A year-and-a-half ago, an old friend found me on Facebook and offered me a writing job and participation in a podcast. I took him up on both.
Mark Linsenmayer and I had been graduate students in philosophy at the University of Texas in Austin, but we both left before getting the PhD to try our hands at something more practical. Mark suggested we make that experience the theme of an ongoing philosophical discussion: we loved philosophy but preferred it as an avocation. There was something about the professionalization of philosophy that seemed to go against the spirit of it. We preferred the “partially examined life” to the examined life.
And so we decided to create a philosophy podcast with discussions that were informed but not overly academic, less like a classroom lecture and more like a conversation over drinks after class, and unified by the question of what makes philosophy worthwhile. We found another likeminded former colleague from the University of Texas, Seth Paskin, and began recording and publishing our discussions as The Partially Examined Life. (Find the podcast on iTunes here.)
May 12 was the one year anniversary of our first episode. During that time we’ve covered topics ranging from Plato’s conception of the examined life to Nietzsche’s immoralism, God and faith, to the philosophy of mind. Frankly I’m always amazed that there are people who want to listen to three guys talk about these things, but we seem to have a chemistry that works. One review—for better or for worse—pegs Mark as “the Jack Black-like musician,” Seth as the “sad one with calm voice who usually guides the rudder of the conversation back into the topic,” and me as “avuncular and wry.” We’ve also received a lot of great reviews on iTunes, and a thrilling compliment from philosopher Arthur C. Danto, who was gracious enough to listen to our discussion of two of his essays in The Philosophical Disenfranchisement of Art. We’ve been gratified to see our listenership rise, but most importantly we’re happy that the podcast has kept us connected to philosophy and allowed us to pursue it—partially—in a way that seems more compatible with the spirit of the discipline.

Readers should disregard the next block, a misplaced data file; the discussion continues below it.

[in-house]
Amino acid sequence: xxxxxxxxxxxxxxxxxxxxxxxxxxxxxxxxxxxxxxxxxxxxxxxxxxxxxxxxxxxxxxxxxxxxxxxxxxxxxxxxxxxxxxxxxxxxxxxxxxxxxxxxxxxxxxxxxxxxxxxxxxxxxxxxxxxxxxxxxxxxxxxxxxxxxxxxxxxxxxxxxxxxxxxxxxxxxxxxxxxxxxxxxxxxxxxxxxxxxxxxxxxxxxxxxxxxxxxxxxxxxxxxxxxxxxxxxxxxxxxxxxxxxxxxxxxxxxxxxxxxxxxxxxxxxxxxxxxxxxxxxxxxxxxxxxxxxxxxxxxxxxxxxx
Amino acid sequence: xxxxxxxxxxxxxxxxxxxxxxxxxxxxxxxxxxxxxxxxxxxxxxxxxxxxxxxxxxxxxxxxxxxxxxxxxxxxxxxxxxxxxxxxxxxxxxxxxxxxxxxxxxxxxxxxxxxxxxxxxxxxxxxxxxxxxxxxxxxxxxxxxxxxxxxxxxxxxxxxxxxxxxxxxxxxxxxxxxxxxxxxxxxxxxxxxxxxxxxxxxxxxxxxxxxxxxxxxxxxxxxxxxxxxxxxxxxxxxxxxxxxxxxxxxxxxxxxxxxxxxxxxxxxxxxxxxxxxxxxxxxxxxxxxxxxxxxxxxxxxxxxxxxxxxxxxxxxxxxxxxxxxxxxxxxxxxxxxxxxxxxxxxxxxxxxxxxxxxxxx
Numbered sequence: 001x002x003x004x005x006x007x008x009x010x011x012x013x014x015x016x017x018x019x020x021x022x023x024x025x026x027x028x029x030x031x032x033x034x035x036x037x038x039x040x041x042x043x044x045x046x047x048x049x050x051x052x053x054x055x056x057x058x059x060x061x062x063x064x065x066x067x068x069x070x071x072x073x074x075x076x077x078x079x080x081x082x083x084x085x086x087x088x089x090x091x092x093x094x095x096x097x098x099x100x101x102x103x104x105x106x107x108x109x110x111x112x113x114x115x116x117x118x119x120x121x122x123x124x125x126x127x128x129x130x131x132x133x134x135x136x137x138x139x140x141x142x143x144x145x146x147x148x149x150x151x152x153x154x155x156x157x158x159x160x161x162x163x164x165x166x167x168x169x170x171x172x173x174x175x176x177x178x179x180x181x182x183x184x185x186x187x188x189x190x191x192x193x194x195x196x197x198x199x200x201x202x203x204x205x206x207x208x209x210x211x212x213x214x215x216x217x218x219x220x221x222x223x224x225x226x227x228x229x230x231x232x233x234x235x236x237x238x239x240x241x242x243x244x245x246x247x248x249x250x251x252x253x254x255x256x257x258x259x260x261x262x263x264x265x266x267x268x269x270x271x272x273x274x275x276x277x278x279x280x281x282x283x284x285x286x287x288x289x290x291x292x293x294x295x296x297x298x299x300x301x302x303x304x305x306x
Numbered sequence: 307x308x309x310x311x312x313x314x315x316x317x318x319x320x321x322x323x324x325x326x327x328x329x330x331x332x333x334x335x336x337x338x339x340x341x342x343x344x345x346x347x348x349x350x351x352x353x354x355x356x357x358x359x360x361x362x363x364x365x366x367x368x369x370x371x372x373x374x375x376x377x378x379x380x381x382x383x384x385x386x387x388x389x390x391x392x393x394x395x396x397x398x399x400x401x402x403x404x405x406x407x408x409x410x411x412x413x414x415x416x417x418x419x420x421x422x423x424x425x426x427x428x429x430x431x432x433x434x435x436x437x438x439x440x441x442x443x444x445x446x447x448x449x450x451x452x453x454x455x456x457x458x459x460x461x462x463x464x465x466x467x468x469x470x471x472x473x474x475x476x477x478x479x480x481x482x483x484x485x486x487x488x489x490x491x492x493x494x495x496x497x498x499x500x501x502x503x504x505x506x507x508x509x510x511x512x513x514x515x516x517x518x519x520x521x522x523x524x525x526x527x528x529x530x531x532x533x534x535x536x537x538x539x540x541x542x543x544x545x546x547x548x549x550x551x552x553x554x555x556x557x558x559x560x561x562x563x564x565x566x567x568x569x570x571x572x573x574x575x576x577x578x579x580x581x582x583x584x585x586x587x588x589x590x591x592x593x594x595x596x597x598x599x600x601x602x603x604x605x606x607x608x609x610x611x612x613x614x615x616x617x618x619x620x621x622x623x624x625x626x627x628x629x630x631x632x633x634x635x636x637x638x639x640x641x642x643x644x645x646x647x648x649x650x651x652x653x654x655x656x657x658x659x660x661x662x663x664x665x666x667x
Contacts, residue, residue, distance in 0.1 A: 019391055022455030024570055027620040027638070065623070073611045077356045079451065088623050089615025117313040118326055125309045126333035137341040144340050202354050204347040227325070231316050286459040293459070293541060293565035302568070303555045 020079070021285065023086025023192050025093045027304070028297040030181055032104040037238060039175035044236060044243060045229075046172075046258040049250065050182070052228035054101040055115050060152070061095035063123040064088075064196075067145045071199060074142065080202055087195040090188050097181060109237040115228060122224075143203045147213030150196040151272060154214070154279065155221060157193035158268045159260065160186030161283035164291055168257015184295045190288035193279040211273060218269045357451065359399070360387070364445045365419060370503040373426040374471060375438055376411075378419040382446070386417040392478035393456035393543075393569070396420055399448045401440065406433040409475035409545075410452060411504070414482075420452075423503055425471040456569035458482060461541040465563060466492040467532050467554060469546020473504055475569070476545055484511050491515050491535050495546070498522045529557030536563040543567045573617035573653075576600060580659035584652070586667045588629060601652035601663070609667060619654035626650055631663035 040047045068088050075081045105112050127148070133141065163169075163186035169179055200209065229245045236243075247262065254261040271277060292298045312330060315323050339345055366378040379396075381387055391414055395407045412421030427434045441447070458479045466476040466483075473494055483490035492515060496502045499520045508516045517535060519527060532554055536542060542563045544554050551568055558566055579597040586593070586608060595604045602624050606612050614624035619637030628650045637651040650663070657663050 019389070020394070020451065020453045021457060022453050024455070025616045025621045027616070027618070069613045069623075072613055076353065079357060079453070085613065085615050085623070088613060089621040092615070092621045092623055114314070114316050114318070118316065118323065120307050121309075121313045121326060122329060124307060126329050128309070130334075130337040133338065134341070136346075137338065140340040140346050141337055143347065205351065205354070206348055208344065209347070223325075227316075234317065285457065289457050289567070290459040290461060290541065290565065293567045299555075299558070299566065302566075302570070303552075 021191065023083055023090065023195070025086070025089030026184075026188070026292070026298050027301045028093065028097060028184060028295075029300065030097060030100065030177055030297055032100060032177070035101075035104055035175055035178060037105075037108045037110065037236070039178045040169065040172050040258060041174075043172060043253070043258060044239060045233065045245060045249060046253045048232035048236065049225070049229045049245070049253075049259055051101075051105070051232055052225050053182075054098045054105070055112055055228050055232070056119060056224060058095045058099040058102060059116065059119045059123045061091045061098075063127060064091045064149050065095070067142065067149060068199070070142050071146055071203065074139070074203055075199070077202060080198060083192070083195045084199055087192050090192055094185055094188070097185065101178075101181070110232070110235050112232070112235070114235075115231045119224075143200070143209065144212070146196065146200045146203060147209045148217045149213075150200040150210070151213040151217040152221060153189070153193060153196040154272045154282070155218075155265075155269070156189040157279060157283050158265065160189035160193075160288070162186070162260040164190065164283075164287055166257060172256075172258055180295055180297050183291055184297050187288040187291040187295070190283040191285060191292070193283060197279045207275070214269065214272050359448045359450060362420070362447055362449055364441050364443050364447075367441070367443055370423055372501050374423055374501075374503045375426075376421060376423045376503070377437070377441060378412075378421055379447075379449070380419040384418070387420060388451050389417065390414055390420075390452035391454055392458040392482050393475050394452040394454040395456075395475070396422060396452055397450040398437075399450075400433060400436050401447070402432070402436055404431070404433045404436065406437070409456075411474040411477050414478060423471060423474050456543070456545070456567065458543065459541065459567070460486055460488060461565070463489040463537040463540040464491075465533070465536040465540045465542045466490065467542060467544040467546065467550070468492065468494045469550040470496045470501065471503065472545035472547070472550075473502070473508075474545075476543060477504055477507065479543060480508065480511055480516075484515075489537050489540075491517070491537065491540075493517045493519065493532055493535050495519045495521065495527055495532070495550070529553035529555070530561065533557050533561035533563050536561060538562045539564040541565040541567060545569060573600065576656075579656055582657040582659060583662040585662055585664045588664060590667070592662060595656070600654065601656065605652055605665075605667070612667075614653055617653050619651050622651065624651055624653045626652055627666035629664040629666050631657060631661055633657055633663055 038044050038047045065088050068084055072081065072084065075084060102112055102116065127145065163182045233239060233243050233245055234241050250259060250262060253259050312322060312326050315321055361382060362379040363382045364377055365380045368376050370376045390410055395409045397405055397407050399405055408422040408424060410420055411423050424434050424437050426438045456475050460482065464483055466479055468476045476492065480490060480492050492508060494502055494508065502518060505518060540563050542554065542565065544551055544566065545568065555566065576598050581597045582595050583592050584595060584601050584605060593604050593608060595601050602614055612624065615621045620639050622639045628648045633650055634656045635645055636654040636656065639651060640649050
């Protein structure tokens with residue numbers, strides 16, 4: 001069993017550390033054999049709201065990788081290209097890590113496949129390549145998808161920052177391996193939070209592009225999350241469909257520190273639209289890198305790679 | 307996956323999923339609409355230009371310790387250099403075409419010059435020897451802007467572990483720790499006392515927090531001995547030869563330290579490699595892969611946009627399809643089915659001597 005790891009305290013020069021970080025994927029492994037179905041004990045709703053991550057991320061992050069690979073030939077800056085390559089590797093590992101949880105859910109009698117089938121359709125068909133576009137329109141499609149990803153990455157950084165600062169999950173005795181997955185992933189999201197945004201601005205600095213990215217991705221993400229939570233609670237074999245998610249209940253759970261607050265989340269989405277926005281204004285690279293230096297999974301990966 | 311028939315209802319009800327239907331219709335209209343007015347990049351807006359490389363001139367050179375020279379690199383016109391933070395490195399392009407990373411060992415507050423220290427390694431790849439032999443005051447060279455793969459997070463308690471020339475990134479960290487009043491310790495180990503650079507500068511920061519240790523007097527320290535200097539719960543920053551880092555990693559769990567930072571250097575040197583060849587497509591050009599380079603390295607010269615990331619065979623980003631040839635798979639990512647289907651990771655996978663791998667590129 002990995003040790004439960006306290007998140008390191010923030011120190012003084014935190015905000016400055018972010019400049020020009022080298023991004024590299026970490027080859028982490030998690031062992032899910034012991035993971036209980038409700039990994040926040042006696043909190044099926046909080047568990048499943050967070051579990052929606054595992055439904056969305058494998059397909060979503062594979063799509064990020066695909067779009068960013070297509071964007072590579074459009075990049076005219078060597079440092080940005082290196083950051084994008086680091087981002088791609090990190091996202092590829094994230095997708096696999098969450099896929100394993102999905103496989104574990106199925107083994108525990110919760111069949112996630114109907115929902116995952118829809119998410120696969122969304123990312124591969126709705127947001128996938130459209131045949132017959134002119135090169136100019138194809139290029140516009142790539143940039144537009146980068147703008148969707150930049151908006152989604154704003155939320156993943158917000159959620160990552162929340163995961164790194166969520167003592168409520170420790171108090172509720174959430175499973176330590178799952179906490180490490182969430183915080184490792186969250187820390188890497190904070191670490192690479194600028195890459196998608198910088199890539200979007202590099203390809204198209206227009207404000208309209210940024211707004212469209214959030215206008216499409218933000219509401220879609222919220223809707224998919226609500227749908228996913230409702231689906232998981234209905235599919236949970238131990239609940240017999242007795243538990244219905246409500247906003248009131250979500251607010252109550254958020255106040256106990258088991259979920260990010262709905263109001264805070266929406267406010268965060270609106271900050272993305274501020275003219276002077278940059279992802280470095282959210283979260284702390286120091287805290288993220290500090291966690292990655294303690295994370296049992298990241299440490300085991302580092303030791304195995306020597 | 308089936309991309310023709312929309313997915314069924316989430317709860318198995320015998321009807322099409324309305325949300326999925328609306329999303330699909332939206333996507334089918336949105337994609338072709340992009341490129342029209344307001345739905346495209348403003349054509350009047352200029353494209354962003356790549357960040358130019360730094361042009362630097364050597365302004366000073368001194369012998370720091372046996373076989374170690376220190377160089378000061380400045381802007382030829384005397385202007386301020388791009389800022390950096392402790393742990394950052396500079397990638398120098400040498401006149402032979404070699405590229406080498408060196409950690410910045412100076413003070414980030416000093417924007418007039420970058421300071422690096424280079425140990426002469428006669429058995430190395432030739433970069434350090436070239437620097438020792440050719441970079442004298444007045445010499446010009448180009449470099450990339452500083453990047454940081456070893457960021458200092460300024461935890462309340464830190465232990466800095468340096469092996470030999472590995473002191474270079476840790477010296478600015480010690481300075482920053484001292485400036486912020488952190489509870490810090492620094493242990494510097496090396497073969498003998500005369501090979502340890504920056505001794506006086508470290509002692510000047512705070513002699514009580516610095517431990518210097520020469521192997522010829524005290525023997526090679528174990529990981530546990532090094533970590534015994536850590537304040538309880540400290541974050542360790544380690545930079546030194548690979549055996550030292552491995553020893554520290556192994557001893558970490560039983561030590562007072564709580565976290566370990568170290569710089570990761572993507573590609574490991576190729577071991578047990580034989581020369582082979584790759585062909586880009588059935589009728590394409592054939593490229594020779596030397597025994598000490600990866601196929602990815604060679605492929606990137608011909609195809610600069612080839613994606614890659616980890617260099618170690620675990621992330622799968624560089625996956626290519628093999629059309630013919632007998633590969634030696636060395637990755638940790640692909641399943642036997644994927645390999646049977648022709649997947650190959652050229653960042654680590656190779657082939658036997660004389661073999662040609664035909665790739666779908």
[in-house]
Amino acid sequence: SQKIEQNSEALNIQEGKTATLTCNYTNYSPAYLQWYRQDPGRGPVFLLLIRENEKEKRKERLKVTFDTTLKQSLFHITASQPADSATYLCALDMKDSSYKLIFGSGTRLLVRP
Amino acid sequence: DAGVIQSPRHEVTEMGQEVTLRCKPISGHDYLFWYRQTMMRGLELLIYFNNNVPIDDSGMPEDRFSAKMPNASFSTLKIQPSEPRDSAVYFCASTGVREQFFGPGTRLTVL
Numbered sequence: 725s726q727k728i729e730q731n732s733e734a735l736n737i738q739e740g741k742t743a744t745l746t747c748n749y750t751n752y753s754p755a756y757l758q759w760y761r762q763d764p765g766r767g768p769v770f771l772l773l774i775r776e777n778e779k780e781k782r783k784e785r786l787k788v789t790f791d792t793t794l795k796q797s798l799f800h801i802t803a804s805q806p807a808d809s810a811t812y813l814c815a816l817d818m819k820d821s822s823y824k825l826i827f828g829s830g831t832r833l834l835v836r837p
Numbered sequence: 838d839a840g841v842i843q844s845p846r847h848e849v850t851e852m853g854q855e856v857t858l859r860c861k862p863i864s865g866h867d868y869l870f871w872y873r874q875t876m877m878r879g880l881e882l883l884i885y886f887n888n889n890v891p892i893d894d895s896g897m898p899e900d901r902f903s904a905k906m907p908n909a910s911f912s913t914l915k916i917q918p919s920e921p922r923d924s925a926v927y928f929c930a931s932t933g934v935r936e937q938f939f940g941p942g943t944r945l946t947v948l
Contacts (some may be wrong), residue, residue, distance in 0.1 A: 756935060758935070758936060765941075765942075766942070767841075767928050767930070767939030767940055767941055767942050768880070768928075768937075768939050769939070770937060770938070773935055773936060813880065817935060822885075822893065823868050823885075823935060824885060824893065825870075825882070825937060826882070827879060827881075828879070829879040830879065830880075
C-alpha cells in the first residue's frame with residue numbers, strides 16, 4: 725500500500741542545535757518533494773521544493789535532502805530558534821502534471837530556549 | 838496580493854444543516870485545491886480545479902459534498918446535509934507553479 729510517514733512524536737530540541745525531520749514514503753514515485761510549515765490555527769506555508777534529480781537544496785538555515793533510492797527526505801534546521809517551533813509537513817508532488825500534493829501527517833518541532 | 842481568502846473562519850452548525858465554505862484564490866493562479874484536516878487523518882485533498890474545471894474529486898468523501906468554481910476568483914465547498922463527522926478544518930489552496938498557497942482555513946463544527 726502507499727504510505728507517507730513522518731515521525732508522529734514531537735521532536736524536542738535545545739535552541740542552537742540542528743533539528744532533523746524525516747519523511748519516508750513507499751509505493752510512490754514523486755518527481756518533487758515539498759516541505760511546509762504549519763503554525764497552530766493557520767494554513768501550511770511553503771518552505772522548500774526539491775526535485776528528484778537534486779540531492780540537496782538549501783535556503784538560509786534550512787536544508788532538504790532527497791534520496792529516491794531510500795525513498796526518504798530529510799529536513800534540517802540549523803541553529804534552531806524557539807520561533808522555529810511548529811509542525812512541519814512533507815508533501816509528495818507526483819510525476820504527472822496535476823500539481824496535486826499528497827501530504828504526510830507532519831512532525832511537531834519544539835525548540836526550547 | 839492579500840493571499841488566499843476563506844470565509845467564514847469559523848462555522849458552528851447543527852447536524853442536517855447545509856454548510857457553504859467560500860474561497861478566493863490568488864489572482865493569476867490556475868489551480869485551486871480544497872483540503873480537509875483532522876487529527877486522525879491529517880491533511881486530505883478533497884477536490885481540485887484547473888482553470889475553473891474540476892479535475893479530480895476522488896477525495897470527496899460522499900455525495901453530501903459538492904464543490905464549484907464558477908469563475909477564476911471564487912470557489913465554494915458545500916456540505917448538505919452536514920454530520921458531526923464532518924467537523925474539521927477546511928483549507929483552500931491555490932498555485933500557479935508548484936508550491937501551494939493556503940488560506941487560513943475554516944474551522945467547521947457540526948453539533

This post comes to us via Wes Alwan, an occasional contributor to Open Culture.